News Release • March 12, 2021
Black holes millions of times the mass of our Sun sit in the center of every large galaxy. Occasionally, roughly once every 50,000 years, a star will wander too close to the black hole. Gravitational forces will stretch the star, similar but much more extreme than how the Moon produces tides on Earth. If the star comes too close and the black hole is the correct mass, neither too large nor too small, the tidal forces will tear apart the star, leaving the remaining gas and dust to stream onto the black hole in a luminous “tidal disruption event”. Such events were first predicted in the 1970s, but not actually observed for another two decades. These events can outshine an entire host galaxy, especially in X-rays, and remain luminous for weeks to months. However, tidal disruption events are rare and usually short-lived, so astronomers have to constantly scan the sky with telescopes to try to find them. The main players in this game of late have been optical survey telescopes such as the Zwicky Transient Facility (ZTF) and the All-Sky Automated Survey for SuperNovae (ASAS-SN).
In a paper recently published in the Astrophysical Journal, Murray Brightman and collaborators report the discovery of a new transient event, first detected serendipitously by NASA’s Neil Gehrels Swift Observatory while studying a young supernova in the nearby galaxy UGC 9379. This X-ray flare was detected in the nucleus of the more distant and relatively anonymous galaxy SDSS J143359.16+400636.0. The X-ray flare spurred a comprehensive campaign to study this source using NASA’s NuSTAR and Chandra X-ray telescopes as well as observations using ZTF and the Keck Observatory to determine and study the nature of this source.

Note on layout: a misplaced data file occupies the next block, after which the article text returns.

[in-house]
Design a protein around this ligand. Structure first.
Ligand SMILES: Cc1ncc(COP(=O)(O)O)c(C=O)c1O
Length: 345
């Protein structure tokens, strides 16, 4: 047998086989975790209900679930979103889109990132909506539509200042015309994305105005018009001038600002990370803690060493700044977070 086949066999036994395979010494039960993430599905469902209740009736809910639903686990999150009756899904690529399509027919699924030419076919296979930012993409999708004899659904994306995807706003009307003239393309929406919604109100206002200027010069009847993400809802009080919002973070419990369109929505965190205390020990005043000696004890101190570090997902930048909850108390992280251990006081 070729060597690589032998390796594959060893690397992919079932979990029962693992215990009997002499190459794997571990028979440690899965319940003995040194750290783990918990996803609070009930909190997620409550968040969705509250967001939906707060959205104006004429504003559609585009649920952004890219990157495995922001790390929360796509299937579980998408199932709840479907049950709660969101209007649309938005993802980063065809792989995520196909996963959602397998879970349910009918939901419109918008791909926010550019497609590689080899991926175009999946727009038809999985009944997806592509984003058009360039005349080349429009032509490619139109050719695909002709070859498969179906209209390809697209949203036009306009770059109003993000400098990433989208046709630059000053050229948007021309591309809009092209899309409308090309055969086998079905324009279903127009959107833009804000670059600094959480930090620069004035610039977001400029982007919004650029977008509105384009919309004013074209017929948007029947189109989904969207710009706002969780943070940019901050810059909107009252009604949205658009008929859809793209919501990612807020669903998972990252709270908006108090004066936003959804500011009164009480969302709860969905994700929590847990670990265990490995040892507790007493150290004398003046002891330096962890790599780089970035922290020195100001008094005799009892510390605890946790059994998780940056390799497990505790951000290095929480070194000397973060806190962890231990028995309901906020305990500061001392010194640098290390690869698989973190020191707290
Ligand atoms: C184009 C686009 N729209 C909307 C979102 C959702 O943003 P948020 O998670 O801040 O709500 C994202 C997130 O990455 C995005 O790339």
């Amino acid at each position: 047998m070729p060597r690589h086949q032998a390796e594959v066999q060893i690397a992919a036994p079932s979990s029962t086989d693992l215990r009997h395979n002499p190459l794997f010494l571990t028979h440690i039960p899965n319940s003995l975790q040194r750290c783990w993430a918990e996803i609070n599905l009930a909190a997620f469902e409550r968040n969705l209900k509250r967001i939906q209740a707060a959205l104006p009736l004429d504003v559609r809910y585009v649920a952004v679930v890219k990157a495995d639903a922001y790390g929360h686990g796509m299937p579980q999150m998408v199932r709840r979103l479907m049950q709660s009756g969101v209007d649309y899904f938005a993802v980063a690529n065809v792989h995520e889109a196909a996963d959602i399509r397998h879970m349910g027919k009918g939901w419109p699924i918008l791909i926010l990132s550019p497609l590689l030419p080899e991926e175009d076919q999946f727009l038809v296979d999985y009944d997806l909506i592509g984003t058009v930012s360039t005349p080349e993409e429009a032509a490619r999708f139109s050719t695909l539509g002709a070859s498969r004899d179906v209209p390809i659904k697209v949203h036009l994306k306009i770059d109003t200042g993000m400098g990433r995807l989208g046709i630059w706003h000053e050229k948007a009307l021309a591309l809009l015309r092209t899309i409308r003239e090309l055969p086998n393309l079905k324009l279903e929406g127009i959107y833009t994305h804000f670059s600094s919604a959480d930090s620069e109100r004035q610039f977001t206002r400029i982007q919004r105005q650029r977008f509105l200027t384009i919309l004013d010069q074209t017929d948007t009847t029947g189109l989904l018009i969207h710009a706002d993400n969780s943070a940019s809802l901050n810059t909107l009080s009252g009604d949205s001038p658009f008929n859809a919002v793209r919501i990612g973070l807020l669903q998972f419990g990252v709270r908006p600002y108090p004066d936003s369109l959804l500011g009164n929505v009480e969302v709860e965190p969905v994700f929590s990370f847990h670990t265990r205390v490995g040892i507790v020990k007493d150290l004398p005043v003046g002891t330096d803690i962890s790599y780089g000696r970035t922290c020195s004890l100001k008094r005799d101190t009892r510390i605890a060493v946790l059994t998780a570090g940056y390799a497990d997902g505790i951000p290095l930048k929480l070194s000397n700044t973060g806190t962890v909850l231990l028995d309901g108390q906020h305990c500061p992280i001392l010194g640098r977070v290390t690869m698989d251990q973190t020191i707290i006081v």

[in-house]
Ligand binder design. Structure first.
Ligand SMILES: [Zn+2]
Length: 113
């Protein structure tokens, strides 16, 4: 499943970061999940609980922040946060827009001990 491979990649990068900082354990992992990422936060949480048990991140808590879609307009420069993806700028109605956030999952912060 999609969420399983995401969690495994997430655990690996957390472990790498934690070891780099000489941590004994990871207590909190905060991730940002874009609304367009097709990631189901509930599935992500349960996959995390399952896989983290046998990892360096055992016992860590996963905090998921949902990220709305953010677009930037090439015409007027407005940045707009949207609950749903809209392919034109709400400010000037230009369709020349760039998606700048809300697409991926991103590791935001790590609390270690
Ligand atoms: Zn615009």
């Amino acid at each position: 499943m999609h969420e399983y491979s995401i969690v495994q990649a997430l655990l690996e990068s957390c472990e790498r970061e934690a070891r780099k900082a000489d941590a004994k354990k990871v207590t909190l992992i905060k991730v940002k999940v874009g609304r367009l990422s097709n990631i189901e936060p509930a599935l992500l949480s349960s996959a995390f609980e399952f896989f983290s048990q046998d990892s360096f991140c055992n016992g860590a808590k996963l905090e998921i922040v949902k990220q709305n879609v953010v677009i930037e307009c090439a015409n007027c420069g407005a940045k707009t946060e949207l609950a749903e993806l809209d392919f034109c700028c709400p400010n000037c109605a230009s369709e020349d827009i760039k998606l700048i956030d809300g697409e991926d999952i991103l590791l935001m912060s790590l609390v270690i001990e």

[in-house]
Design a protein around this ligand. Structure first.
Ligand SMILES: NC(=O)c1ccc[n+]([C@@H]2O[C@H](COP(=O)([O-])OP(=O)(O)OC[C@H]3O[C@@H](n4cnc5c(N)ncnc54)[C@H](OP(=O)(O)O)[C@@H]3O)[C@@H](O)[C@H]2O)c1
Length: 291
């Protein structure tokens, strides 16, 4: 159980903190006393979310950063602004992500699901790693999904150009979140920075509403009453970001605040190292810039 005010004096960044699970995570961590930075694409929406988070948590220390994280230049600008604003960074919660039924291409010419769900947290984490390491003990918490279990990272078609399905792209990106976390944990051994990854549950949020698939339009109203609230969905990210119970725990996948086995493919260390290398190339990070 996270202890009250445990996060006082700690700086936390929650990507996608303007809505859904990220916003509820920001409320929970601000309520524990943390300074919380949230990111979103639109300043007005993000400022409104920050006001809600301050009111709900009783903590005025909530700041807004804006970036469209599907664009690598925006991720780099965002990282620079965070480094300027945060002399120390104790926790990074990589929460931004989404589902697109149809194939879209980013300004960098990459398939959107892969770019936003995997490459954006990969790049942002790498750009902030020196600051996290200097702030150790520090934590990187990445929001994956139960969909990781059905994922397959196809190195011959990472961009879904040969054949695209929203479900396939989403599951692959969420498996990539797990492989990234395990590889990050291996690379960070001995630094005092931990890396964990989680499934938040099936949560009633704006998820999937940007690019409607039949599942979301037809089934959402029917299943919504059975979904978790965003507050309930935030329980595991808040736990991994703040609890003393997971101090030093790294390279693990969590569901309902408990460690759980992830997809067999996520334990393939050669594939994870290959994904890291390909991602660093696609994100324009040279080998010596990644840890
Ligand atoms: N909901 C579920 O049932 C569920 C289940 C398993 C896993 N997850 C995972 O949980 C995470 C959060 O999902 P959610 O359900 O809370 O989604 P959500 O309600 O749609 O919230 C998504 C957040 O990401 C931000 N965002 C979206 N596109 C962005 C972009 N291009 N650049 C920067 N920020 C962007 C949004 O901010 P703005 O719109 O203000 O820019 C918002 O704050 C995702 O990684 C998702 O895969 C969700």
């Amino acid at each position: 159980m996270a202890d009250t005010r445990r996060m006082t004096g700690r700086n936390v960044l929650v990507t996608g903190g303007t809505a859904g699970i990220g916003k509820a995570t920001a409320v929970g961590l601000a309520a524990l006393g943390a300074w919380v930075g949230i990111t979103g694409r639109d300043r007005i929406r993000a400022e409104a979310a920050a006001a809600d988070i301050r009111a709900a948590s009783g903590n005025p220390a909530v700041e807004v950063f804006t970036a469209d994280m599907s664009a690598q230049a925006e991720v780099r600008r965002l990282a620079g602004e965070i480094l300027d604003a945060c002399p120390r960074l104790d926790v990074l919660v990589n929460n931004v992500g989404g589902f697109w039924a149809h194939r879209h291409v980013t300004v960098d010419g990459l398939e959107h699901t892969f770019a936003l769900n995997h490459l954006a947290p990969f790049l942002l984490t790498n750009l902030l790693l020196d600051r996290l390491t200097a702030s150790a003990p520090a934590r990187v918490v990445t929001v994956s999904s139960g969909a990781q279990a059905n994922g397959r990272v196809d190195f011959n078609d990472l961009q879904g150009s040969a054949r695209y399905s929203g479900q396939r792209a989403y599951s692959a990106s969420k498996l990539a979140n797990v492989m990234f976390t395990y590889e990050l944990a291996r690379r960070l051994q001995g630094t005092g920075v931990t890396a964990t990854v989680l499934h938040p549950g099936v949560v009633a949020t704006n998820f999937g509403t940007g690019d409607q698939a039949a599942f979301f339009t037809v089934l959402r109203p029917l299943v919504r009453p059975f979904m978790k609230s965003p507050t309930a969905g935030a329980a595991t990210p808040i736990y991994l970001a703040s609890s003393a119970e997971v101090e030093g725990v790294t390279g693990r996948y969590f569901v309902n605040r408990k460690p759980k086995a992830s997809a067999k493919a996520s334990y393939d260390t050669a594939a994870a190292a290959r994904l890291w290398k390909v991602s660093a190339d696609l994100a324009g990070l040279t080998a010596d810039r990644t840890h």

One key question was whether the transient resulted from a flare from an regularly accreting supermassive black hole at the center of the galaxy, or whether it was actually a tidal disruption event. Using the combined power of NuSTAR at high energy X-rays with Chandra at lower energy X-rays, supplemented with the observations in the ultraviolet and optical, Brightman and collaborators were able to show that the source didn’t look like normal feeding of black hole, but was instead more likely the black hole binging on star, i.e., a tidal disruption event.
This is one of only a handful of tidal disruption events that have been found to date at X-ray energies. In particular, though a flare was detected from this event by wide-field optical surveys, those surveys failed to recognize that the brightening was due to the tidal disruption of a star by a supermassive black hole because of the multitude of other optical flaring phenomena such as supernovae and AGN variability. X-ray and ultraviolet surveys are predicted to be much more powerful for identifying tidal disruption events, with much less contamination. Astronomers are excited to see this promise demonstrated with recent and future space missions, and are eager to see if our understanding of tidal disruption events has been biased by our reliance to date on optical surveys to find them.
More details can be found in the paper "A luminous X-ray transient in SDSS J143359.16+400636.0: a likely tidal disruption event", by Brightman et al. (2021, ApJ).